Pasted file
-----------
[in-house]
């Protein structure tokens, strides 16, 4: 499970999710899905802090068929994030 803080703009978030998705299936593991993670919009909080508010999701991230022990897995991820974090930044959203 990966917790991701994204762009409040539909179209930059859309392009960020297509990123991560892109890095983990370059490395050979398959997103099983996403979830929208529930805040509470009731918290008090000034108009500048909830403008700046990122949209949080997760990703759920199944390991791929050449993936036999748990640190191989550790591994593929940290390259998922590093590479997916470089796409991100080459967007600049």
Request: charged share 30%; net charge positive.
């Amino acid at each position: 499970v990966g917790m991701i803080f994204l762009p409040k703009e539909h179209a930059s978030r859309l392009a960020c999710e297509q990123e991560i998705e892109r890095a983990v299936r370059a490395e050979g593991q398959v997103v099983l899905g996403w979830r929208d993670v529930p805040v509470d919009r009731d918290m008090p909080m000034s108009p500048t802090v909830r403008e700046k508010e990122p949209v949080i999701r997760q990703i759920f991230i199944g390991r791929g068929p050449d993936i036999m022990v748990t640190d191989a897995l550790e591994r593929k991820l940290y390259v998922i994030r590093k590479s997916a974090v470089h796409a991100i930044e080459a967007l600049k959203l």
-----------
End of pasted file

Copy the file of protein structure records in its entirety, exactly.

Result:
[in-house]
């Protein structure tokens, strides 16, 4: 499970999710899905802090068929994030 803080703009978030998705299936593991993670919009909080508010999701991230022990897995991820974090930044959203 990966917790991701994204762009409040539909179209930059859309392009960020297509990123991560892109890095983990370059490395050979398959997103099983996403979830929208529930805040509470009731918290008090000034108009500048909830403008700046990122949209949080997760990703759920199944390991791929050449993936036999748990640190191989550790591994593929940290390259998922590093590479997916470089796409991100080459967007600049």
Request: charged share 30%; net charge positive.
């Amino acid at each position: 499970v990966g917790m991701i803080f994204l762009p409040k703009e539909h179209a930059s978030r859309l392009a960020c999710e297509q990123e991560i998705e892109r890095a983990v299936r370059a490395e050979g593991q398959v997103v099983l899905g996403w979830r929208d993670v529930p805040v509470d919009r009731d918290m008090p909080m000034s108009p500048t802090v909830r403008e700046k508010e990122p949209v949080i999701r997760q990703i759920f991230i199944g390991r791929g068929p050449d993936i036999m022990v748990t640190d191989a897995l550790e591994r593929k991820l940290y390259v998922i994030r590093k590479s997916a974090v470089h796409a991100i930044e080459a967007l600049k959203l």